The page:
UK’s ‘classic triad’ of Covid symptoms may be missing a THIRD of all positive cases because people can only get a test if they have a cough, fever or loss of smell, study warns
- ‘Classic triad’ of Covid-19 symptoms includes a cough, fever and loss of smell
- Scientists at King’s College London (KCL) said extending list would pick up cases
- The NHS is already under pressure to change its official list of Covid symptoms
The ‘classic triad’ of Covid-19 symptoms including a cough, fever and loss of smell could be missing a third of positive cases, a study has suggested.
Scientists at King’s College London (KCL) said extending the list of symptoms to include fatigue, sore throat, headache and diarrhoea would allow ‘millions’ of unconfirmed cases to be detected.
The NHS is already under pressure to change its official list of Covid symptoms after results from a government-led study, REACT, revealed thousands of infected people are slipping through the cracks due to the narrow guidance.
But current Test and Trace rules mean swabs are only reserved for people with a fever, continuous cough or loss of smell or taste.
Professor Tim Spector, lead scientist on the Zoe app and an epidemiologist at King’s College London, said: ‘We’ve known since the beginning that just focusing testing on the classic triad of cough, fever and anosmia misses a significant proportion of positive cases.
‘We identified anosmia as a symptom back in May and our work led to the Government adding it to the list; it is now clear that we need to add more.
‘By inviting any users who log any new symptoms to get a test, we confirmed that there are many more symptoms of Covid.’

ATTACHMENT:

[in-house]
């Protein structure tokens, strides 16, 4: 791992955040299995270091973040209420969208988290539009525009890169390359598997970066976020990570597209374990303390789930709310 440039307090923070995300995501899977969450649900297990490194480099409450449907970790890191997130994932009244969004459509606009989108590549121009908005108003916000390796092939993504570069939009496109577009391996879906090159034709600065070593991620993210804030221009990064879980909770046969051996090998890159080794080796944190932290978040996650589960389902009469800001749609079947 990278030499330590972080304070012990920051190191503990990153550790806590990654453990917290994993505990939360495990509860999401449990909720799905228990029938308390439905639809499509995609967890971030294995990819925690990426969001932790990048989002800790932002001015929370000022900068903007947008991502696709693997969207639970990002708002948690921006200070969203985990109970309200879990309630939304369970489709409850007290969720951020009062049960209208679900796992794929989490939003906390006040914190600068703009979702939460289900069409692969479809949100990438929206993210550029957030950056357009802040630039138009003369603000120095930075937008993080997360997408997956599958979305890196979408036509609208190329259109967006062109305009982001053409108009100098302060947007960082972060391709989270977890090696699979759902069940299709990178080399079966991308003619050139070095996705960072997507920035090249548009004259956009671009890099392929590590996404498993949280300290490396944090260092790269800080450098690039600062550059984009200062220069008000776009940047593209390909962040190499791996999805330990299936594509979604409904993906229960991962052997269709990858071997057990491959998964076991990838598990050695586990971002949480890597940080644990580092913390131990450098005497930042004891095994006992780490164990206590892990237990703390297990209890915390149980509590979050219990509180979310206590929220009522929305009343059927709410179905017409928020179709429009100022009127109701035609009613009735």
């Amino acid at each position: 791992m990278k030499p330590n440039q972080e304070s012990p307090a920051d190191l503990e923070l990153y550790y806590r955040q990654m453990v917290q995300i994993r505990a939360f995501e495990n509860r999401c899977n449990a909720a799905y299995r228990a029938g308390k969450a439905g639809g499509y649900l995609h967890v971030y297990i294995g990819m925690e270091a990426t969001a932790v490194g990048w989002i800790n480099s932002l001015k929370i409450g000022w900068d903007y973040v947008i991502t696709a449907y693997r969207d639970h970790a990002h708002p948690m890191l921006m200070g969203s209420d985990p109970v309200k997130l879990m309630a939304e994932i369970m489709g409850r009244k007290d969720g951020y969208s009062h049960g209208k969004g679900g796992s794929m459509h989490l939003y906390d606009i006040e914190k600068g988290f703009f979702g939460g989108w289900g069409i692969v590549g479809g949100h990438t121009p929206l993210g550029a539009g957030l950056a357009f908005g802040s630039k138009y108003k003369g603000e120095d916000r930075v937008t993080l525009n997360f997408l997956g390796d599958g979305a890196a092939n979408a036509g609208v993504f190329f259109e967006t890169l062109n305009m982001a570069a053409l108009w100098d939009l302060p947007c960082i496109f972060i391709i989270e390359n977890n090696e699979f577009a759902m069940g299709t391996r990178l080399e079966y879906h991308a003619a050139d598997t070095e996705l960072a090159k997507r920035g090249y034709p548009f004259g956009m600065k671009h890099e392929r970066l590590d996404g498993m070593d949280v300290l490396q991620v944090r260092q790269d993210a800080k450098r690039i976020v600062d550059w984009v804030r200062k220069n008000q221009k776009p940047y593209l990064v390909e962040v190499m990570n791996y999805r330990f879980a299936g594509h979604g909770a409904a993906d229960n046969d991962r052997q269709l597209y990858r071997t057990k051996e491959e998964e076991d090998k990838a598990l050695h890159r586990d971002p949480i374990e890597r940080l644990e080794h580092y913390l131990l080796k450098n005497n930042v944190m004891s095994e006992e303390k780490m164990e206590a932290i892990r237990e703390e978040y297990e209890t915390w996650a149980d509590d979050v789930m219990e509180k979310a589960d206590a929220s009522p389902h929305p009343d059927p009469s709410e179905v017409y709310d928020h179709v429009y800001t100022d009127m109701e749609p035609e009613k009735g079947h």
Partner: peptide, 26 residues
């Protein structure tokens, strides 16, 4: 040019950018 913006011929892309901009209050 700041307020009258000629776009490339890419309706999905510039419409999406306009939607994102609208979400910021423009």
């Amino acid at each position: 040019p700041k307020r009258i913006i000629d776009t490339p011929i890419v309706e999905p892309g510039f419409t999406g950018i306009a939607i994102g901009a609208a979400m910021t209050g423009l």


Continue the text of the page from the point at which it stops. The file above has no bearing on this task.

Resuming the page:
Scientists at King’s College London (KCL) said extending the list of symptoms to include fatigue, sore throat, headache and diarrhoea would allow ‘millions’ of unconfirmed cases to be detected
The UK has been accused of missing ‘the majority’ of Covid-19 cases because it still only recognises three tell-tale signs of the infection (the NHS website, shown)
‘This is especially important with new variants that may cause different symptoms.
‘For us, the message for the public is clear: if you’re feeling newly unwell, it could be Covid and you should get a test.’
The findings from KCL, published in the Journal of Infection, are based on data from adult users of the Zoe Covid Symptom Study app who underwent PCR swab testing.
Scientists teamed up with the Coalition for Epidemic Preparedness Innovations to analyse data from 122,000 users, 1,202 of whom reported a positive test within a week of first feeling ill.
WHAT WERE THE MOST COMMON SYMPTOMS?
Below are the data from the REACT study looking at adults aged 18 to 54 between last June and December:
% of patients
Loss of smell
Loss of taste
They found that testing people with any of the three classic symptoms would have spotted 69 per cent of symptomatic cases, with 46 people testing negative for every person testing positive.
But the researchers said that extending the list of symptoms to fatigue, headache, sore throat and diarrhoea in the first three days of illness would have detected 96 per cent of symptomatic cases – with 95 testing negative for every positive test.
In addition, the researchers found that 31 per cent of people who are ill with Covid-19 do not have any of the classic symptoms in the early stages of the disease when most infectious.